• Next generation military robots have minds of their own

    09/29/2012 4:31:11 PM PDT · by NormsRevenge · 8 replies
    BBC Future ^ | 9/28/28 | Sharon Weinberger
    A number of robots in development for the military are being given increasing amounts of autonomy. The question is now how they will be used. But, despite widespread press about armed drones hunting down terrorists and insurgents in Afghanistan and Pakistan and the increasing use of ground robots to fight roadside bombs, the truth is that most military robots are still pretty dumb. In fact, almost all unmanned systems involve humans in almost every aspect of their operations—it’s just that instead of sitting in a cockpit or behind the wheel of a vehicle, humans are operating the systems from a...
  • US Army Announces Greatest inventions of 2011

    09/23/2012 3:03:25 PM PDT · by lbryce · 31 replies
    Defence Talk ^ | September 21,2012 | Staff
    U.S. Army officials announced the winners of its greatest inventions competition Sept. 19.A team of combat veteran non-commissioned officers, as well as U.S. Army Training and Doctrine Command field-grade officers, reviewed and voted for the Army Greatest Inventions of 2011. Dale Ormond, director of the U.S. Army Research, Development and Engineering Command, commended the scientists and engineers for their efforts to empower, unburden and protect Soldiers. “The contributions made by these teams promise to improve the well-being of Soldiers and the Army’s capability to contribute to quality of life and our national security,” Ormond said. “All of the nominated inventions...
  • Who Really Invented the Internet?

    07/23/2012 7:06:51 AM PDT · by Pharmboy · 239 replies
    The Wall Street Journal ^ | July 23, 2012 | L. GORDON CROVITZ
    Contrary to legend, it wasn't the federal government, and the Internet had nothing to do with maintaining communications during a war. A telling moment in the presidential race came recently when Barack Obama said: "If you've got a business, you didn't build that. Somebody else made that happen." He justified elevating bureaucrats over entrepreneurs by referring to bridges and roads, adding: "The Internet didn't get invented on its own. Government research created the Internet so that all companies could make money off the Internet." It's an urban legend that the government launched the Internet. The myth is that the Pentagon...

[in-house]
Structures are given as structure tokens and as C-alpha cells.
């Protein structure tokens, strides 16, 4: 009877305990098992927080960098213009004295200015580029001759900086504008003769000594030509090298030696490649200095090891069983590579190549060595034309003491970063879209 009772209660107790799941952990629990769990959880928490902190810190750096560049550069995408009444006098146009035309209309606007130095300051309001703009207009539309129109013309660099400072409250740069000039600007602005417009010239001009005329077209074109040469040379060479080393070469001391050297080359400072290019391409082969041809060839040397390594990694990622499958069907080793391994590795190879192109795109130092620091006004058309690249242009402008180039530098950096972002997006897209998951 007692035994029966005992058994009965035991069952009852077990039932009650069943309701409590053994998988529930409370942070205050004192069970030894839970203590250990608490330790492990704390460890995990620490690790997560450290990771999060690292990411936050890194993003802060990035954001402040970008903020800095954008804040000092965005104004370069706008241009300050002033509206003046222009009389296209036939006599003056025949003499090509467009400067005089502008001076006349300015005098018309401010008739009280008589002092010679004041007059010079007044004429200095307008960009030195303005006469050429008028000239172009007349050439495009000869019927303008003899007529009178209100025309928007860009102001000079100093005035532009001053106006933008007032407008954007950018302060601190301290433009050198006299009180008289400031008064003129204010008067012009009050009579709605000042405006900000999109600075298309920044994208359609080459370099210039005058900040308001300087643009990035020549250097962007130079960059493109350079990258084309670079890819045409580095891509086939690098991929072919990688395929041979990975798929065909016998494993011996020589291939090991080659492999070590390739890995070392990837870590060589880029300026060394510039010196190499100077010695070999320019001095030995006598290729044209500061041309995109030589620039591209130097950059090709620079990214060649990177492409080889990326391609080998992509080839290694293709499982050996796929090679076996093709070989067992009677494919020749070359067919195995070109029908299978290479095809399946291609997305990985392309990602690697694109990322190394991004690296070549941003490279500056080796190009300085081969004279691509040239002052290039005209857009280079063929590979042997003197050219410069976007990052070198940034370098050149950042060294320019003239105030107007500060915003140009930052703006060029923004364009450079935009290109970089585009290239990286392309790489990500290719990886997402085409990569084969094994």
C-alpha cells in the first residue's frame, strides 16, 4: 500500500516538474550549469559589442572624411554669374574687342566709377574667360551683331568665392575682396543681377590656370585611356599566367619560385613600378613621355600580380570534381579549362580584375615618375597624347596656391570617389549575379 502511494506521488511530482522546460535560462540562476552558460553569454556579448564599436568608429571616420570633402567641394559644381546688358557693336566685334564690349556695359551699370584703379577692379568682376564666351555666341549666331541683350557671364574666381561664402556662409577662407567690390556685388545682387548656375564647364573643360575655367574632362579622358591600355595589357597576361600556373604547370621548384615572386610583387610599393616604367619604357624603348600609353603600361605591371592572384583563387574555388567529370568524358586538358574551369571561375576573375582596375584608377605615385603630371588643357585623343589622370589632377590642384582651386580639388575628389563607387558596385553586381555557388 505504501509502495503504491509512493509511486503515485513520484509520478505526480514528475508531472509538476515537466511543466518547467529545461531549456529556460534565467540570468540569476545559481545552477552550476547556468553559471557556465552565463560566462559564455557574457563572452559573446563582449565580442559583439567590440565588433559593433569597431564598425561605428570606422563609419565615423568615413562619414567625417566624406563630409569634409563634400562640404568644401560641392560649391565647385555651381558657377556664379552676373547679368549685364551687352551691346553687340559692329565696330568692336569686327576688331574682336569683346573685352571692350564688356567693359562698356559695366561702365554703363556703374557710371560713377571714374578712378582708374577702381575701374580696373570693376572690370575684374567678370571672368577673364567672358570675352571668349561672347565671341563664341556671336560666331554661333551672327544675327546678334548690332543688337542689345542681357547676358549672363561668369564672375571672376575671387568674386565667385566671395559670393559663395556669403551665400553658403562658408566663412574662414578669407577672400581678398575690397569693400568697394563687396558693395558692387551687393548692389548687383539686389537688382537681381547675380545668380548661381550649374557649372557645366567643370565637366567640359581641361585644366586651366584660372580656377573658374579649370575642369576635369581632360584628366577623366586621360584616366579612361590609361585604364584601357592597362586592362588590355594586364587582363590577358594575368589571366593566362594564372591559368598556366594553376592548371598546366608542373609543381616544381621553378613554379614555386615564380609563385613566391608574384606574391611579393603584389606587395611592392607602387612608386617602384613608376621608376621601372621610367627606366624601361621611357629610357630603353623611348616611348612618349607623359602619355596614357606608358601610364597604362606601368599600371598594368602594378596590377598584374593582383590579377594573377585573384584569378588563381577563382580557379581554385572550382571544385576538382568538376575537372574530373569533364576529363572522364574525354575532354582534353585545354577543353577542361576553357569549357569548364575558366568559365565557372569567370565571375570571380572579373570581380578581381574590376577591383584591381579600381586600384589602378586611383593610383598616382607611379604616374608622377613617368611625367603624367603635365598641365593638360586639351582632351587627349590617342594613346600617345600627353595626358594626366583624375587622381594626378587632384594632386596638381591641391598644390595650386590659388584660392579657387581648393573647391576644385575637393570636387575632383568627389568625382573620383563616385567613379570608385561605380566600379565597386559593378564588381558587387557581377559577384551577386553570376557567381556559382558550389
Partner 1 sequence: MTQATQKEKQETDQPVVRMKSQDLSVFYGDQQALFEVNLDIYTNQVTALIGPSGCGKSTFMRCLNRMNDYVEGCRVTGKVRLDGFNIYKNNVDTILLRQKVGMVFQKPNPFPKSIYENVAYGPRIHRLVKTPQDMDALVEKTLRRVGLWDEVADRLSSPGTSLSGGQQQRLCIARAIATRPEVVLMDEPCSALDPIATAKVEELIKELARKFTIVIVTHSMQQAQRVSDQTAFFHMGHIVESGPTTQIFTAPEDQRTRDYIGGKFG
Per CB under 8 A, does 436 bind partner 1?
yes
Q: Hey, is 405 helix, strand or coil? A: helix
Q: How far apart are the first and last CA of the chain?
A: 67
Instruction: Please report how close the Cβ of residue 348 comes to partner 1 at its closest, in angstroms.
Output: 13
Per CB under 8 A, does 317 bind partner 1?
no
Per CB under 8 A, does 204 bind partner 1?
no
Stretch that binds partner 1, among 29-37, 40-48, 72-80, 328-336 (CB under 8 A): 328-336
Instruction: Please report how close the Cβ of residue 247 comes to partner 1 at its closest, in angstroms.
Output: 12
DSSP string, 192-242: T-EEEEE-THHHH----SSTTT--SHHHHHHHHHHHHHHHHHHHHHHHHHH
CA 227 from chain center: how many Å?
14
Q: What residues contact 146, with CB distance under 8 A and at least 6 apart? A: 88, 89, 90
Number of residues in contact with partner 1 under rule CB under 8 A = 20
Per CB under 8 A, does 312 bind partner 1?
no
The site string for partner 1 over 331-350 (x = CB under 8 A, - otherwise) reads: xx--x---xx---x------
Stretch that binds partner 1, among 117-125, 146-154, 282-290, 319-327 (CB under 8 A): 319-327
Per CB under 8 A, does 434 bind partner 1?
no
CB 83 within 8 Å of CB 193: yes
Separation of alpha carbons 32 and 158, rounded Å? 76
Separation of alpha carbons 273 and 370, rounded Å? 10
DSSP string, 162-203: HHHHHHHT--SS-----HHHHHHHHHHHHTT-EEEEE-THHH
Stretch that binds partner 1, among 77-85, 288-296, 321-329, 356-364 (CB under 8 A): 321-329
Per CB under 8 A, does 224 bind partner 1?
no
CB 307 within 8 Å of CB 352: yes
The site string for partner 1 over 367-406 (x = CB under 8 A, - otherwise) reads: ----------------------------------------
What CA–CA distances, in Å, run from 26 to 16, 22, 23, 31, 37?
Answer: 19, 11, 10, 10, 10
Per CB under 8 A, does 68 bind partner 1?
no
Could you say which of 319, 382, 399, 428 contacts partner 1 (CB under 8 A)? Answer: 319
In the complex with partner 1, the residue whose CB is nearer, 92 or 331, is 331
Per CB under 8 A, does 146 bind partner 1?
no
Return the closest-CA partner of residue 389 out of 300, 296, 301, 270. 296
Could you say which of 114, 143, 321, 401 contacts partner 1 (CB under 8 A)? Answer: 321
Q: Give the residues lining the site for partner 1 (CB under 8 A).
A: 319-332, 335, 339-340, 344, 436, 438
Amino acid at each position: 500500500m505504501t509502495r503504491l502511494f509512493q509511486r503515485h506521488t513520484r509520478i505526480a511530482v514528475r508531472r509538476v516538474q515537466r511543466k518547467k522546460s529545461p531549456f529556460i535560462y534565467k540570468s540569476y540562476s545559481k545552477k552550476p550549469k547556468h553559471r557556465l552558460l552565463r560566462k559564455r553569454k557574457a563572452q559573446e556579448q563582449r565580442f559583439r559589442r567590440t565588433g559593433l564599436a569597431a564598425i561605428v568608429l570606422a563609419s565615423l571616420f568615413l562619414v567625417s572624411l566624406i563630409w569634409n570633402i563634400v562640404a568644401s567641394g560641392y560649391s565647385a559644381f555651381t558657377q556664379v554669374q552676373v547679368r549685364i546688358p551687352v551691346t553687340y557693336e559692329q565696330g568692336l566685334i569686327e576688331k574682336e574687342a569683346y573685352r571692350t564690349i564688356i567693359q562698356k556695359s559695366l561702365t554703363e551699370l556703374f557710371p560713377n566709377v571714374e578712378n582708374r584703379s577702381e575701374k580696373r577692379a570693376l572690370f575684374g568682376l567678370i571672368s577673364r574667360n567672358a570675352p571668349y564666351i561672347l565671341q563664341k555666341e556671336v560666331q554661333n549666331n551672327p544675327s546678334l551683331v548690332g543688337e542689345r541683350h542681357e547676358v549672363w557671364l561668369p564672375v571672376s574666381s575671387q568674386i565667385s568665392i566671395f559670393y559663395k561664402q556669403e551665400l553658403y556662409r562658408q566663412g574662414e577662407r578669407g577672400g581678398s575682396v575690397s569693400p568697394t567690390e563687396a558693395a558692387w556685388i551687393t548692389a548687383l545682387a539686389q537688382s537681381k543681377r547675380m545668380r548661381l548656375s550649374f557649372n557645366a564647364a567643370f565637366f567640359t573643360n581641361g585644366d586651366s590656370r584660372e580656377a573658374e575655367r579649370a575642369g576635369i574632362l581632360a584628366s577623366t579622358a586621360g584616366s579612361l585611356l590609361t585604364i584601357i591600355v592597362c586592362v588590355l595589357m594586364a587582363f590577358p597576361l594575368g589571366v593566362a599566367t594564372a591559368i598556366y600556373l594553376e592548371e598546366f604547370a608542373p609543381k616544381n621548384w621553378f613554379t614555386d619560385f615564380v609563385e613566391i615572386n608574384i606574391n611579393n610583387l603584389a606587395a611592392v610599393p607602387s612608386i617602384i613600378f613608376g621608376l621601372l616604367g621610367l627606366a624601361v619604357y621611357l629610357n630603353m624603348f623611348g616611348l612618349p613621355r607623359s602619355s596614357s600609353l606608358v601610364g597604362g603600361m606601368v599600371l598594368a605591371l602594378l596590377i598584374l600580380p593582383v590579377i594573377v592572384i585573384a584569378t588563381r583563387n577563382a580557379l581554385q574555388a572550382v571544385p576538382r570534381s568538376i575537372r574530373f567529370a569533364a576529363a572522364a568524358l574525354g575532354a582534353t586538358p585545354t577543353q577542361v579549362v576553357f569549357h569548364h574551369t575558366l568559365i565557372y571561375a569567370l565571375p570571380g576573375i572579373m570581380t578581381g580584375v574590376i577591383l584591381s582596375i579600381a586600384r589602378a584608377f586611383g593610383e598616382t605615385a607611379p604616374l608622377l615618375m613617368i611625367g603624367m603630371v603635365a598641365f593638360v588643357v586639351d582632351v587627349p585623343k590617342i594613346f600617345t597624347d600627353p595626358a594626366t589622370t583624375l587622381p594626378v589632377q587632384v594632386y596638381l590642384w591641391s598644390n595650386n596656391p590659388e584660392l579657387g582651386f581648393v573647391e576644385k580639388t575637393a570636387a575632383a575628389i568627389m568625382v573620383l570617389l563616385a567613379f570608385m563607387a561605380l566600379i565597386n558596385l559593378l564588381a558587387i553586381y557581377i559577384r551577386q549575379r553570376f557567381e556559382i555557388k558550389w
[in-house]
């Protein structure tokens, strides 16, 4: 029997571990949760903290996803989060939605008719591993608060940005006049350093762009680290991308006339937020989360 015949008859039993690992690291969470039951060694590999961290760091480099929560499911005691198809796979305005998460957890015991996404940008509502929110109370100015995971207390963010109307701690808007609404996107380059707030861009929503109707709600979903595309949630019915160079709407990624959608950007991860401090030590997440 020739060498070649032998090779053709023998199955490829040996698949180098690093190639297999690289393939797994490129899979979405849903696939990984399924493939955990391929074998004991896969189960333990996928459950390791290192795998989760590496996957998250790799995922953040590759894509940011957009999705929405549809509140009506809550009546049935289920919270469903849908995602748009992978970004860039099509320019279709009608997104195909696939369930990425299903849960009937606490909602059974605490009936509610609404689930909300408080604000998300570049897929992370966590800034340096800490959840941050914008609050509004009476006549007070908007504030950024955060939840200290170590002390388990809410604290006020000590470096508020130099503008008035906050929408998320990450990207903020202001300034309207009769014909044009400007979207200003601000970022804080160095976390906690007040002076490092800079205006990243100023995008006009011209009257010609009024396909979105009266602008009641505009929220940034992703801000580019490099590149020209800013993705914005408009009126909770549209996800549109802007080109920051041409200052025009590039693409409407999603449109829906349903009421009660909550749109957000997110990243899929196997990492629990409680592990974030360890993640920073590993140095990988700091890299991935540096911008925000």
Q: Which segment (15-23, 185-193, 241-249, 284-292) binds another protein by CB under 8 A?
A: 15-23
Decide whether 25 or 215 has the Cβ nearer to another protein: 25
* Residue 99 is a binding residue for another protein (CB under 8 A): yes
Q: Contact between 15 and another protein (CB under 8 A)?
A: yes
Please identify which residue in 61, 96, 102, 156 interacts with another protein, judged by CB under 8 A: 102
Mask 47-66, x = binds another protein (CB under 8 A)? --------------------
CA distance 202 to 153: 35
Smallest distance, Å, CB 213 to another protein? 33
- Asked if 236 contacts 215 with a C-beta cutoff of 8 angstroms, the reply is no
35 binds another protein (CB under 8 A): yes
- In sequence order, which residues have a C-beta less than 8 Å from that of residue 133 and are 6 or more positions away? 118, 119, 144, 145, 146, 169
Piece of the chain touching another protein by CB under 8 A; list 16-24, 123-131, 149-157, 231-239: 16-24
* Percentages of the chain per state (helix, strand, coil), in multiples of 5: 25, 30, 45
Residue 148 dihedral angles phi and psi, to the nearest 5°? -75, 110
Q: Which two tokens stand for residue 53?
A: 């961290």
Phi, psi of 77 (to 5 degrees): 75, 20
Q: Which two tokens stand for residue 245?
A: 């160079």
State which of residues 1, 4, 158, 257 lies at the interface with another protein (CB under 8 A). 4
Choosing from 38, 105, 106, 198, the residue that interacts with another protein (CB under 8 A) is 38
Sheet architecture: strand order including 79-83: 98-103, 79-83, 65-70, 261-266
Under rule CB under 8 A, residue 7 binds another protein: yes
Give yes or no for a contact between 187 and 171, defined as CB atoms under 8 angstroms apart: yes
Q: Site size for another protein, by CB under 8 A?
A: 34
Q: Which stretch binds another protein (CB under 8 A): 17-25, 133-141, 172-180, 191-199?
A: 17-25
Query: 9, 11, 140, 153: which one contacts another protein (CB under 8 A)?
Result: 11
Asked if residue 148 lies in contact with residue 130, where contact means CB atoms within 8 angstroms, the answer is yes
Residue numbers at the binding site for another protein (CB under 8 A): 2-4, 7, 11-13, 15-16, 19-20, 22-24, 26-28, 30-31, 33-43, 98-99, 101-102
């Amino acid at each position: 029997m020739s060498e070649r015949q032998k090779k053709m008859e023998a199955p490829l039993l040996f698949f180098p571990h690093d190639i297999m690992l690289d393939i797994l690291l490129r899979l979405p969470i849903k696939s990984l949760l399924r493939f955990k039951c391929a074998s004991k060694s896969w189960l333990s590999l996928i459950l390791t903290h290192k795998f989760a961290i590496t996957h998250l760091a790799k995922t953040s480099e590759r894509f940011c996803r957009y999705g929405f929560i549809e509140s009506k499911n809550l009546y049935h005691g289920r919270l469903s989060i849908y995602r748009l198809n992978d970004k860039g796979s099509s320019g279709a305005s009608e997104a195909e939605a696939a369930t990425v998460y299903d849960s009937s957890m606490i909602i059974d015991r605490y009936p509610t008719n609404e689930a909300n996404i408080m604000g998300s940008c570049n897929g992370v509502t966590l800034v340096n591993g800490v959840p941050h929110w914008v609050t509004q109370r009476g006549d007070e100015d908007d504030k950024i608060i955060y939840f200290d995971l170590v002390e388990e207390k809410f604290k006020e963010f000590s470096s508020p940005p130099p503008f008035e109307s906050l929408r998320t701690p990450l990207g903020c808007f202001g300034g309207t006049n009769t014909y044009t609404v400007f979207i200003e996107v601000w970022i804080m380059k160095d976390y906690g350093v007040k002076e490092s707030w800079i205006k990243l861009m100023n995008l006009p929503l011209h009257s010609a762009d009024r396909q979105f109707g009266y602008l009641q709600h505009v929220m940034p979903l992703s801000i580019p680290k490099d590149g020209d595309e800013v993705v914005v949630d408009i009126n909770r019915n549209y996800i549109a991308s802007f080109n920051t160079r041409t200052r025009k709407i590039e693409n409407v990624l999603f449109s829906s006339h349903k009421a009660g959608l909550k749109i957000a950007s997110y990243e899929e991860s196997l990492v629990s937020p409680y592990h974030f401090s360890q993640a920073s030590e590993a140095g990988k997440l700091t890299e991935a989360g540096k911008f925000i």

• Kodak confirms it had weapons-grade uranium in underground lab

    05/16/2012 7:40:05 AM PDT · by Abathar · 54 replies
    CNN ^ | Wed May 16, 2012 | Dugald McConnell and Brian Todd
    -- Kodak -- the company known for decades for its cameras and film -- this week confirmed it used weapons-grade uranium in an underground lab in upstate New York for upwards of 30 years. A company spokesman and a former scientist for the firm say there was not enough material to sustain a nuclear chain reaction. Former Kodak researcher Albert Filo said the uranium was alloyed with aluminum in plates sealed in sleeves that were not moved for three decades. The amount of fuel was about 3½ pounds, which experts say is less than one-tenth of the amount necessary to...
  • Boeing shows off new Super Hornet display

    04/17/2012 9:24:43 PM PDT · by sukhoi-30mki · 24 replies
    Flight Global ^ | April 18, 2012 | Dave Majumdar
    Boeing shows off new Super Hornet display Boeing is showing off some of the advanced features it is proposing for the F/A-18E/F Super Hornet. Some of these include conformal fuel tanks, an external weapons pod to reduce the jet's radar cross-section, better engines, and a new missile warning system among other improvements. Inside the cockpit (both cockpits in the case of the F-model) is a new single-screen color LCD display. But what is truly impressive is a new 3D situational awareness display mode--it overlays various threats and displays them in an easy to understand graphic. Terrain can be overlaid on...
  • F-35: UK House of Commons Issues Status Report on JSF

    04/05/2012 1:57:53 AM PDT · by U-238 · 1 replies
    Defense Talk ^ | 4/5/2012 | UK Government News
    The F-35 Joint Strike Fighter will be the new multirole fast jet for the Royal Navy and Royal Air Force. It will serve as the strike capability for the new Queen Elizabeth Aircraft Carrier and will partner the Typhoon to form the future fast jet fleet for the RAF. It is a multinational acquisition programme led by the United States in partnership with eight other nations, including the UK. There are three variants of the F-35: F-35A Conventional Takeoff and Landing (CTOL) F-35B Short Takeoff/Vertical Landing (STOVL) F-35C Carrier Variant (CV) The UK selected the Joint Strike Fighter (JSF) in...
  • B-2 Spirit Stealth Bomber Completes First Ever Polar Test Mission

    04/05/2012 1:42:31 AM PDT · by U-238 · 1 replies
    Defense Talk ^ | 3/4/2012 | Northrop Grumman